The fact that the line is long is no surprise. I've been there numerous times and never seen an employee operate above half-speed. I've never seen more than three employees in there, either. Perhaps if they hired more and/or better employees, the line would move faster.

    The notion that a long line after movies is a bad thing is strange anyway. A lot of people are probably fine hanging out in line and talking about the movie, and long lines are generally considered a great marketing device (think Pink's Hot Dogs in LA). Empty storefronts send a clear message: nobody comes here, and you shouldn't either.

  12. dbot

    You kind of miss the point and then proceed to give perfect examples of why the landlord would want to change the experience of patrons of AS with respect to the ice cream shop.

  13. Stone Cold is a high margin low volume business. Yogli Mogli has smaller margins but can handle higher volume, meaning they might actually end up making a larger profit than Stone Cold. As for the landlord, they have reason to want those coming to Atlantic Station to be happy with their entire experience. Standing in line doesn't sound like a lot of fun. While there will be some who preferred Stone Cold, the majority just want to grab something after the movie. The change will enhance their overall experience.

  14. i work(ed) at the cold stone in atlantic station and we weren't even informed about this until today. merry christmas mr. zuckerman!

  15. I don't understand what this sentence means: "The Regal Cinemas at Atlantic Station does the most volume of business in the state of Georgia, according to Zuckerman."

    Can you explain that? Is it the most volume of Regal Cinemas in Georgia? Or movie theaters? Or some larger category of attractions or something?

  16. It's not the employees fault that the line was constantly long. They moved really fast, well as fast as possible. Not to mention being short-staffed at times. It was poor management on the owners part. Not only that, employees were over-worked and underpaid. You may think, oh it's only ice cream, but the job came with a lot more responsibility than that. Everyone there was a hardworking college student, mother, and citizen trying to take care of themselves, family etc. But thank you Atlantic Station for leaving these people unemployed in this economy, without giving them a fair warning.. Thank you corporate America for caring about the people, your consumers... Atlantic Station is not worth the prices or the visit.

  17. I love Cold Stone ice cream. But 100% of the time I have been to this Cold Stone location in Atlantic Station, I have come away disappointed.

    It had nothing to do with the lines or the time it would take from entering to getting ice cream.

    It had everything to do with consistently crappy customer experience. I'd compare my experience going to this location as being like the experience of going to the Department of Motor Vehicles. Mostly driven by an "I don't give a crap" attitude from some employees.

    Inventory planning was a problem at this store, Many times I went, the store was out of stock on my favorite ice cream flavors and toppings. When all you do is serve premium priced ice cream and toppings, you better have a good inventory planning system or people aren't going to get what they want - and be less likely to return.

    One time I went, their freezer was broken, resulting in no ice cream available... unless you wanted melted ice cream (wtf?); with signs about it on the front door that you had to see to believe. Like the bumper sticker says, "Stuff Happens". Freezers break. But when all you sell is ice cream, you better have a back up plan for when the freezer breaks. And staff who can communicate with customers in a friendly way.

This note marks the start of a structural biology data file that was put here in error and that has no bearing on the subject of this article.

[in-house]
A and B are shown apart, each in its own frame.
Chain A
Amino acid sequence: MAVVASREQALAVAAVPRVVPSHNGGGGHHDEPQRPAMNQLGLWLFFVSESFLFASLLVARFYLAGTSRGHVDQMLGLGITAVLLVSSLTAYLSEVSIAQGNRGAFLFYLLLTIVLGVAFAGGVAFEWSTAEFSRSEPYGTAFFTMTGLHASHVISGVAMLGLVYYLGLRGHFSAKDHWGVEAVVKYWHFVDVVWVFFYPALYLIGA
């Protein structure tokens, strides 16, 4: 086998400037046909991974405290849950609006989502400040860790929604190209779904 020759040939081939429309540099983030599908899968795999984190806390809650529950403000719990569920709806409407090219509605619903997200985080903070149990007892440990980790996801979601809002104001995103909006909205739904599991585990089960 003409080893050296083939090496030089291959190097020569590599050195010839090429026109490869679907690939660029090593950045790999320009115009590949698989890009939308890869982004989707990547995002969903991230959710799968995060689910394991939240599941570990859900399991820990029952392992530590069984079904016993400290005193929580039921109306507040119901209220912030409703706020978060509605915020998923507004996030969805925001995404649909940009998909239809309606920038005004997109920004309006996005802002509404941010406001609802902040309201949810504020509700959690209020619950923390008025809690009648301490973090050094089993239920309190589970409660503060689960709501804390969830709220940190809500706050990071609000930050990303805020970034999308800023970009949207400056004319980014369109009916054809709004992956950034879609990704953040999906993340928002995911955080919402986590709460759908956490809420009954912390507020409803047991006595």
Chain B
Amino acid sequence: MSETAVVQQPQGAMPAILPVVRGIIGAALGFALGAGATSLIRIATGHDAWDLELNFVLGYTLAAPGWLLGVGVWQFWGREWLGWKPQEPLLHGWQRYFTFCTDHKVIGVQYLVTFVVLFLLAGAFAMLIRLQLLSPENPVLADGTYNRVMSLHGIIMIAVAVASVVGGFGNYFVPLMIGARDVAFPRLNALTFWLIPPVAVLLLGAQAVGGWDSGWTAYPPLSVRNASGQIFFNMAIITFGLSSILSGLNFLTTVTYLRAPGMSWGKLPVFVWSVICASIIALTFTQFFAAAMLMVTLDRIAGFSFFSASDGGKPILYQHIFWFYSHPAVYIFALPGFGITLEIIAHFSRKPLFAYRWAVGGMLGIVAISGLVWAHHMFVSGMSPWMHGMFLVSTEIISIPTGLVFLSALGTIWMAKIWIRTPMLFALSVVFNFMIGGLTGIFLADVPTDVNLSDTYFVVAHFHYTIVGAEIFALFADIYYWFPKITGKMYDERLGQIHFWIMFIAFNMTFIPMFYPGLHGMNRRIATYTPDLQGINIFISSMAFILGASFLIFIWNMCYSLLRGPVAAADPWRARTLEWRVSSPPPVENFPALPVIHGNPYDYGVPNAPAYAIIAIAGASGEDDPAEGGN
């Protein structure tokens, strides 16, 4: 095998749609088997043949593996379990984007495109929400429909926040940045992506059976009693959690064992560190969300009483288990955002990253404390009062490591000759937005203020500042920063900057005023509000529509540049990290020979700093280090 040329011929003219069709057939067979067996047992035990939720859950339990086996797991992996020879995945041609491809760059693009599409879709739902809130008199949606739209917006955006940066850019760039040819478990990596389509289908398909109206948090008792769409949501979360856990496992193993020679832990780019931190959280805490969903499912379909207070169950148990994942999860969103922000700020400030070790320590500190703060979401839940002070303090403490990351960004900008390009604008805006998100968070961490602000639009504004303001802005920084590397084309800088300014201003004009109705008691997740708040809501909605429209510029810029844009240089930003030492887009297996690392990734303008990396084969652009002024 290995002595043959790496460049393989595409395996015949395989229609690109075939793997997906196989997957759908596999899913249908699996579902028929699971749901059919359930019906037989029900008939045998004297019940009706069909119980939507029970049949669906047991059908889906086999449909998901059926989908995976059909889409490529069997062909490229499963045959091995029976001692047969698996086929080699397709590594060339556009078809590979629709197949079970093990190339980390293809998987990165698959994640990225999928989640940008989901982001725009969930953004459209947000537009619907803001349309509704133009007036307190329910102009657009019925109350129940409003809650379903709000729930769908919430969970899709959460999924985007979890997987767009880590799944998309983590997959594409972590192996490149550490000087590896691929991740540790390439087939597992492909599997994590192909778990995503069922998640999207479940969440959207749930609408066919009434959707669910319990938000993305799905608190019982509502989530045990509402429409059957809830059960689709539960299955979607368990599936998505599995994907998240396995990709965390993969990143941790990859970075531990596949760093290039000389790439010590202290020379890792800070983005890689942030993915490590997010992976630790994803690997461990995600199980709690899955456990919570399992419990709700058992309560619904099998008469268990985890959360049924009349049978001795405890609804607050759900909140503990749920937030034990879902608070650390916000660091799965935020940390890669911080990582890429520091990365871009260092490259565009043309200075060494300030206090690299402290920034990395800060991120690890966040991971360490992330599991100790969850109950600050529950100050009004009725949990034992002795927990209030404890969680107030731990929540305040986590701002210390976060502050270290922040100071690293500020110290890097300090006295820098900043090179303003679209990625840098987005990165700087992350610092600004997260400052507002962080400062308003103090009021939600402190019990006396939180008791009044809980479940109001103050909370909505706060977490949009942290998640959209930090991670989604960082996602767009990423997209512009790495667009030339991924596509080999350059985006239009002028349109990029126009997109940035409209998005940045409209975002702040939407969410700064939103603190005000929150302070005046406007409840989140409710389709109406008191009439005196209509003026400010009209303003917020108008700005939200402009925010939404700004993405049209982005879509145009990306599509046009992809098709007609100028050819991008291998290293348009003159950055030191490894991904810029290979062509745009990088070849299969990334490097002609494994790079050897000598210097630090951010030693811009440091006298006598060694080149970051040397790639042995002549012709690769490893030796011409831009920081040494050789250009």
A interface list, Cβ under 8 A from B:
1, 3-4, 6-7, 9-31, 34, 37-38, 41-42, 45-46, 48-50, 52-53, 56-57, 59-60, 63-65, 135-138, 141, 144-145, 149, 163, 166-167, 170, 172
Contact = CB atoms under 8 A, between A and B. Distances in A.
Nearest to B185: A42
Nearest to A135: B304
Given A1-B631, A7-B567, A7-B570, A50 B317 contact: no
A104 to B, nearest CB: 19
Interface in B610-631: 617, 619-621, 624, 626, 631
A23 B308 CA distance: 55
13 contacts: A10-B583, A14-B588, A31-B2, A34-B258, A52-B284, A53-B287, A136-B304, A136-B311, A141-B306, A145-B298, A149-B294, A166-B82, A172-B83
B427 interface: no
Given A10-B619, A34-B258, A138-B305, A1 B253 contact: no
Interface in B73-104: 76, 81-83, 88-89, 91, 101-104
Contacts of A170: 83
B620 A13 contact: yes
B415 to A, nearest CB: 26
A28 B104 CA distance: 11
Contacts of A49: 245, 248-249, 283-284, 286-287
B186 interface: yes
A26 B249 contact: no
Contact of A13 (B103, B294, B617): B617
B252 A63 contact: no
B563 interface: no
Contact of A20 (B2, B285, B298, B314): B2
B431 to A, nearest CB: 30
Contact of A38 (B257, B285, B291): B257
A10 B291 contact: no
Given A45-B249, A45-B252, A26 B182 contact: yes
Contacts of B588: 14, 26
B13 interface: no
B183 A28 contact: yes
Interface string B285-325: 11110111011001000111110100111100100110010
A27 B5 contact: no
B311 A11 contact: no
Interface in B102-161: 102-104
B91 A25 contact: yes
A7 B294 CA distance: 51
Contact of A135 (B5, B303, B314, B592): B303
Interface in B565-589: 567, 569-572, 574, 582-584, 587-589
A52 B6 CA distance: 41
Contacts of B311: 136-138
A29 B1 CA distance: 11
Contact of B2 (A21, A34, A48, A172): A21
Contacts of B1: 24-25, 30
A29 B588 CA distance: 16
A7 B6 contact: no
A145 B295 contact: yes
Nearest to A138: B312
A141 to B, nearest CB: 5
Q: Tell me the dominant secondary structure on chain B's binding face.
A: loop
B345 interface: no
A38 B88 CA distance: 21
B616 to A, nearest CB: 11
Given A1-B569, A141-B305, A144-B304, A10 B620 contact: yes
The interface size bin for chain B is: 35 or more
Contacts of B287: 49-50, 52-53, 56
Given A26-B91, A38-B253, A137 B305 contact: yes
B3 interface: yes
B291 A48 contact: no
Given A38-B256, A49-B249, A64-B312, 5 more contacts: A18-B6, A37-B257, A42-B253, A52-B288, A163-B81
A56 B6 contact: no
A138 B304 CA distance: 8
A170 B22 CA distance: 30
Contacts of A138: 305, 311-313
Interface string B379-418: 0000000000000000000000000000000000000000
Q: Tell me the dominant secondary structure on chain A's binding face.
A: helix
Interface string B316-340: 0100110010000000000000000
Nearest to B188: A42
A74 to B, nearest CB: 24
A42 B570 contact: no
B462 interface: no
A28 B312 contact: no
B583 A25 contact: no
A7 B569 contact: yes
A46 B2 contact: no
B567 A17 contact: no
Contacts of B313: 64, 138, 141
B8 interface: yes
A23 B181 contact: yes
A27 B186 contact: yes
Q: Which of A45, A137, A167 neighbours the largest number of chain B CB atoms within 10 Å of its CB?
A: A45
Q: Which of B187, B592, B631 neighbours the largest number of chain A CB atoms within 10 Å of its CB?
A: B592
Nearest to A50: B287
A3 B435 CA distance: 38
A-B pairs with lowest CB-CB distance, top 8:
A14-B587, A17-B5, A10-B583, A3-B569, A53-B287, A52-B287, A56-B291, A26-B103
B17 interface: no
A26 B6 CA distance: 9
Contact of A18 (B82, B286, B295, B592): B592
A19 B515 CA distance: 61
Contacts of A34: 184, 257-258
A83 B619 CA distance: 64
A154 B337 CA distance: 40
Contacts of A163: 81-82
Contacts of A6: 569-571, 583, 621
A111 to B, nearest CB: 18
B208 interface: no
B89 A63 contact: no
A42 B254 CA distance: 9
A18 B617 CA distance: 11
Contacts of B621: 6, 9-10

The cherry on top (pun intended) was an interaction I saw between a woman who purported to be a Cold Stone manager and the store's customers in June 2010. A family was about to walk in to the store at 9:55pm to get ice cream. This person very rudely turned the family away at the door, saying the store was closed. The father politely (and reasonably) asked why they couldn't come in, even though the store was still open and didn't close until 10pm. The manager was very belligerent in her response to the family. Their kids looked incredibly sad to be turned away from getting ice cream! One the most egregious examples of customer experience that I have seen. A case study in how not to generate delighted customers. Amazed at what I saw, I asked the manager why she didn't allow them in while the store was open, and she gave me a "F-you" look. Wouldn't give me her name. I haven't been back since.

    Bottom line, if you're in the service business, you have to give a crap about your customers, or you're going to go out of business.

    I love Cold Stone ice cream. But good riddance to this franchise at Atlantic Station.

  18. Not that I want to defend any Landlords BUT the owner of ColdStone should have told his employees in advance rather than wait for the Landlord to do it.

    Furthermore, thank god the new owners have taken control of Atlantic Station and stopped the deterioratation of the property. In the long run, fixing Atlantic Station will create thousands of jobs and make Midtown a better place!!!

    Thanks You Atlantic Station!

  19. I always got good service at Cold Stone. The problem I think was the lay-out. The place is simply not big enough to support a post movie crowd. A bigger space and 2 more employees on week-ends would have fixed the problem. That said, their ice cream is nothing special. FroYo is the trend and the developers are smart to go with what is hot.

  20. The actual reason that Coldstone is closing is because they weren't paying their rent. In fact, there aren't a whole lot of stores in Atlantic Station that are not paying their rent which is why you are seeing the bigger retailers shutting their doors. By welcoming locally owned and operated boutiques and businesses to Atlantic Station and leasing prime locations to thoses businesses NAP is not only going to turn the property into an eminent shopping destination that is un-rivaled in the southeast but they will also be supporting the community.
    What Atlantic Station's doing with the Steel Mill Shops ( all of the pop-up boutiques adjacent to Z gallerie) and the old American Eagle space and now ColdStone is, I'm my opinion, fantastic. The last thing Atlanta needs is another ColdStone or generic shopping mall store. Who knows, this might lead to Atlanta becoming a real city and not just a destination for rappers and rednecks.